Beat back-to-school blues

September is fast approaching and this means only one thing for most children: it’s time to go back to school.

No more playing outdoors until dusk, no more computer games at midday, no more water fights or days out to attractions. The summer is nearly over and it’s back to stuffy classrooms, homework, exams and brand new academic expectations.

The anticipation of change isn’t just nerve-wracking for the children. Now parents have to think about ironing uniforms, packing lunches, hustling sleepy children out of the door and leaving enough time for the school run.

There are ways to make the transition easier for everyone. Here are some top tips from ivillage for banishing back-to-school blues and making sure you and your children are more than ready to face the impending changes:

1. Schedule – Spending 20 minutes drawing up a simple schedule on the weekend could save you much time and hassle during the school week. Plan out what you have to do on Monday morning. Do you have to get any clothes out of the laundry? Do any ironing? Make sandwiches? Simply knowing exactly what you have to do in the morning can ease the stress when you get round to doing them and prevent any unexpected hold-backs that could end up making you late.

2. Enlist help – You can always assign tasks to older children, like asking them to get their own uniform ready, or getting them to feed the dog. This will also give them a sense of purpose and responsibility, and help distract them from any negative thoughts about the coming day.

3. Structure – Make sure your children know what time they have to get up, what time you are leaving in the morning and what time they will be picked up after school. Introducing structure will help children feel more secure and sure of the future, preventing feelings of anxiety and uncertainty that could make going back to school all the more daunting.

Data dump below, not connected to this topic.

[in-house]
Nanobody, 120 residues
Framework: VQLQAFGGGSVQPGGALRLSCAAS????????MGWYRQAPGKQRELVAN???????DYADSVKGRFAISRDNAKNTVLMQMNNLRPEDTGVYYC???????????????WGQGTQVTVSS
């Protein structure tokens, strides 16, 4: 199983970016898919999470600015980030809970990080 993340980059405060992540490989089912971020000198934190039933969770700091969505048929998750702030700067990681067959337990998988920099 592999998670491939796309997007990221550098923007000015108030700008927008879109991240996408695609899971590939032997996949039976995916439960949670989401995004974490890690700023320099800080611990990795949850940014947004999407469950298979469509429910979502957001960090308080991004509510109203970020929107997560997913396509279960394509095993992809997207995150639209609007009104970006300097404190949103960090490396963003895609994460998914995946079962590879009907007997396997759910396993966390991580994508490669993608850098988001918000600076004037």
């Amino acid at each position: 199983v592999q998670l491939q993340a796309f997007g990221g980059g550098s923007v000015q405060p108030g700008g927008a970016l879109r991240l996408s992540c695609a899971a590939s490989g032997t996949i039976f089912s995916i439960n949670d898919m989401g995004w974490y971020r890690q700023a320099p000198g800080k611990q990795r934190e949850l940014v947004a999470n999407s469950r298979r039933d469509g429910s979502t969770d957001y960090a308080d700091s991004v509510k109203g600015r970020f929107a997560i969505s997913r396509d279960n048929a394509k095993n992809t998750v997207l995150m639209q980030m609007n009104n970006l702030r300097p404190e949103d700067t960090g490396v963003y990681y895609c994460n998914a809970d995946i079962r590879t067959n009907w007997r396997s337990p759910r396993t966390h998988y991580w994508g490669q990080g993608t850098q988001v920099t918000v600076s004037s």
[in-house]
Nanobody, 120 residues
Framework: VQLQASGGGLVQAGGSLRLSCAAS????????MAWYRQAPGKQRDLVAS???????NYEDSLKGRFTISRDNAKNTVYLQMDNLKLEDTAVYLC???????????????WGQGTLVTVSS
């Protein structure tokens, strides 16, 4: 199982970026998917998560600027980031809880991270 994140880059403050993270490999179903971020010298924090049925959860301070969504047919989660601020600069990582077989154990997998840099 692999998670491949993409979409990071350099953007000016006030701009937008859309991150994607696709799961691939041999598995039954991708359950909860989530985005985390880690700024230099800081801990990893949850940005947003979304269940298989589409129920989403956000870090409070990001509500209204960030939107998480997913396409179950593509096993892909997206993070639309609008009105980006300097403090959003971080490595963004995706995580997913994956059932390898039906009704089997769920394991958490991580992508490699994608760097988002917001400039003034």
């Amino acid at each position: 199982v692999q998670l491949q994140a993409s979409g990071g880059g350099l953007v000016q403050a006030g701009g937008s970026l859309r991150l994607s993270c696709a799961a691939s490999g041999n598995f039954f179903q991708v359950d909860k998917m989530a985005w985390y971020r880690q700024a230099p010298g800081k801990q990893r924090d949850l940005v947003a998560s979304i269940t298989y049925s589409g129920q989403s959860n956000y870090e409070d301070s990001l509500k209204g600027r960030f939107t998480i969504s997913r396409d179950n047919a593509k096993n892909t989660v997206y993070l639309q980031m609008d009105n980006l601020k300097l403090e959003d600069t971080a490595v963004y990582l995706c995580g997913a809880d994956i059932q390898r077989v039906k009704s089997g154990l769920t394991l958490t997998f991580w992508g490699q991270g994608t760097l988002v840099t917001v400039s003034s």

4. Stay involved  It can be hard for busy parents to keep track of how their children are doing once they get to school, but it’s important to check in every once in a while. Asking to see their timetables, their weekly responsibilities and their long-term targets will give you a good idea of how they’re getting on without having to become too involved. A little gentle encouragement can go a long way to ensure children meet homework deadlines and don’t get too distracted by the social elements of school. Staying connected to your children’s school lives is a good way to a) show you care, and b) keep them on track. It can be difficult to get the balance right between caring parent and nagging parent and the trick here is to pick your moments well and try to sound casually interested rather than accusing.

Parenting is no easy tasks and the back-to-school period can cause even more arguments, unhappiness and worry. Visiting a life coach specialising in Parent Coaching could help you to banish those back-to-school blues and ensure you and your children wake up in the morning ready and raring to go.

Being organised and staying involved is the key to reducing school-related anxieties. For more tips, please go to the original ivillage article.

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Written by Zoe Thomas

Written by Zoe Thomas

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